.748 overall winning percentage while coaching in the SEC

106 SEC wins

.707 SEC winning percentage

 

*  Bob Neyland

5 SEC titles (all at Tennessee)

1 National title (at Tennessee)

3 SEC Coach of the Year awards (coaches’ vote)

1 SEC Coach of the Year awards (AP vote)

173 overall wins while coaching in the SEC

.829 overall winning percentage while coaching in the SEC

62 SEC wins

.787 SEC winning percentage

 

*  Nick Saban

4 SEC titles (2 at LSU, 2 at Alabama)

4 National titles (1 at LSU, 3 at Alabama)

2 SEC Coach of the Year awards (coaches’ vote)

2 SEC Coach of the Year awards (AP vote)

111 overall wins while coaching in the SEC

.782 overall winning percentage while coaching in the SEC

64 SEC wins

.752 SEC winning percentage

 

*  Phillip Fulmer

2 SEC titles (both at Tennessee)

1 National title (at Tennessee)

1 SEC Coach of the Year awards (coaches’ vote)

1 SEC Coach of the Year awards (AP vote)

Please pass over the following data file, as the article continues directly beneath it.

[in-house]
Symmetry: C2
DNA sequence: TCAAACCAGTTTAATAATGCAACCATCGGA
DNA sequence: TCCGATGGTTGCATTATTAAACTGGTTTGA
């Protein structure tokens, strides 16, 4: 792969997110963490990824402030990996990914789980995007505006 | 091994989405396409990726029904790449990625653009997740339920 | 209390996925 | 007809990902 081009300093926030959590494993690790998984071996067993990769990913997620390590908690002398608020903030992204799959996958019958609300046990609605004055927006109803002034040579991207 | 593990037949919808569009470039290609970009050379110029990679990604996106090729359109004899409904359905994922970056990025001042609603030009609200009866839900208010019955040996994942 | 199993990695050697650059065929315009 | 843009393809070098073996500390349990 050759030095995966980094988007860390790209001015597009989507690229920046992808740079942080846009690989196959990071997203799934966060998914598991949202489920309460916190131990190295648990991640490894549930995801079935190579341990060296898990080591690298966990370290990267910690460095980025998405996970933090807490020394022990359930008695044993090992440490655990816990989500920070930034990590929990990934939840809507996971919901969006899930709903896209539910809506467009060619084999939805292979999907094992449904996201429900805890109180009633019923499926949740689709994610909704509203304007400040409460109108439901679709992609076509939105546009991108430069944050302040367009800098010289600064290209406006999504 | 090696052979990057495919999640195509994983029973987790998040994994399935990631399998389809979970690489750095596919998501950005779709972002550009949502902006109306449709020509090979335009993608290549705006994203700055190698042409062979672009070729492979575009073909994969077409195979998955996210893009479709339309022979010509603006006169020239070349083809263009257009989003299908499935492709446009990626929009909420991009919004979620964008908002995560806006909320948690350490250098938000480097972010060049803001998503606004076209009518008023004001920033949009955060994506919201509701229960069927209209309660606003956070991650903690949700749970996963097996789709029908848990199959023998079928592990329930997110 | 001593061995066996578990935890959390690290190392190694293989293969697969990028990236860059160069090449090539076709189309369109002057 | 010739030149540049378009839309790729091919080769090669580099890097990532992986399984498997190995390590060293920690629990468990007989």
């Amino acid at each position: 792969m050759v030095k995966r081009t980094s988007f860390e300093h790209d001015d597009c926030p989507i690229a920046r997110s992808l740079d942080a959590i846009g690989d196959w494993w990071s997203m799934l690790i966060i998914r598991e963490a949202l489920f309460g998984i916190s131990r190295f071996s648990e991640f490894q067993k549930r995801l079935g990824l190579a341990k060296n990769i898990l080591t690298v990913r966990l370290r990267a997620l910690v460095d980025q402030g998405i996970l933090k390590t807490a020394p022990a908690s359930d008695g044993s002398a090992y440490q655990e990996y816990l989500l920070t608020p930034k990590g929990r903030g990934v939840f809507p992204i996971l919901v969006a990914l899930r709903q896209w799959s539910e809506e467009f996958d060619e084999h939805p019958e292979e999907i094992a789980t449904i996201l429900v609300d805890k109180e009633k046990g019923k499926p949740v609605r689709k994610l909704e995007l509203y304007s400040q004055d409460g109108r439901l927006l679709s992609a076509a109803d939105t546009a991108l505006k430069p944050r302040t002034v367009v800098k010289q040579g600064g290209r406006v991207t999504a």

152 overall wins while coaching in the SEC

.745 overall winning percentage while coaching in the SEC

98 SEC wins

.731 SEC winning percentage

 

Those are the numbers for each coach, but numbers don’t always make for a perfect comparison.  While a modern era coach plays eight conference games per season — and therefore can pile up victories quicker — coaches in earlier days didn’t have to deal with pesky matters such as scholarship limitations.

The advent of the SEC Championship Game in 1992 also impacts the way the league hands out its top prize.  Pre-’92, a coach could win a share of the league title.  Post-’92, there could be only one.  (A little something for the “Highlander” fans out there.)

This is where opinion comes into play.  Yours might differ from ours at MrSEC.com, but we’ll try to explain how/why we arrived at our own final four.